Did you know that U.S. paper money is actually made of 75 percent cotton and 25 percent linen? Or that one bale of cotton can make 249 bed sheets? Cotton is used more than any other fiber in the world, making it the United State’s leading cash crop.
From seeds to equipment, each year cotton production stimulates business not only for the farmer, but also for factories that produce the thread to business organizations across the country. Following production, cotton needs to be transported and processed, further stimulating business and helping the U.S. economy.
Where Cotton is Grown:
The Growth Process:
Cotton is planted in the spring, when temperatures reach around 60 degrees, and grows best in fertile, well-drained soil. It takes about six to eight weeks, depending on the weather, after planting for the bloom to appear. The plants are irrigated, fertilized and weeded throughout the growing process then the bloom falls off and a mature cotton boll develops. This is the white fluffy part that most people think of when they think cotton. Cotton is harvested, compressed and sent to gins where they separate the fibers from the seeds. The fibers are baled, purchased by mills then spun into thread.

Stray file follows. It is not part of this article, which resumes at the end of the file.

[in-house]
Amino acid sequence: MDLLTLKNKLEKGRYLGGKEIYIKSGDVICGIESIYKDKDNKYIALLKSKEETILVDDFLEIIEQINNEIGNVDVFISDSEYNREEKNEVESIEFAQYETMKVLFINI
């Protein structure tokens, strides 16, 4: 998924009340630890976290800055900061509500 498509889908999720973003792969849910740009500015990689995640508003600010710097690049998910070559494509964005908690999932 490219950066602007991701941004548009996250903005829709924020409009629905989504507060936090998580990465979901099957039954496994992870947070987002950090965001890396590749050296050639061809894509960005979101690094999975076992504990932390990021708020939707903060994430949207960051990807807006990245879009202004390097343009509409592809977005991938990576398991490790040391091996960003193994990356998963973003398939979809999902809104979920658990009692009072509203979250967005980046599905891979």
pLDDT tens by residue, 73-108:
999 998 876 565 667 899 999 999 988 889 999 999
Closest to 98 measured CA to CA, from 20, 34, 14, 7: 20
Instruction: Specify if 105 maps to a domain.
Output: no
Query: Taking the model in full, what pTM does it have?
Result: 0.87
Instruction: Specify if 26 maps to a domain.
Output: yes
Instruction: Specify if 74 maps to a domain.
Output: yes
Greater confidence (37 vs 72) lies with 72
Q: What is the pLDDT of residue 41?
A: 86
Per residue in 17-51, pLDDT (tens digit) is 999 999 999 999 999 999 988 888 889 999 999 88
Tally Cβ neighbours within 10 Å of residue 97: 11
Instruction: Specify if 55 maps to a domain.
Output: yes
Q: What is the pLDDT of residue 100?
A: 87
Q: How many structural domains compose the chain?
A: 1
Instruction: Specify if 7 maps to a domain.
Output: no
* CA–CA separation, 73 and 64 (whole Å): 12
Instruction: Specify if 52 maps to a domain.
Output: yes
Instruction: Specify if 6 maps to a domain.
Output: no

Once cotton has been spun into thread it is either exported or sent to U.S. textile mills for production. Approximately 3.6 million bales of cotton are processed by U.S. mills each year. From here, your clothing, money, baseballs, and more are made. This is why cotton production is not only important for our country’s economy, but for consumers as well. We wouldn’t be able to get dressed in the morning or pay for our cup of coffee without it.
Sources: Cotton Council International and National Cotton Council of America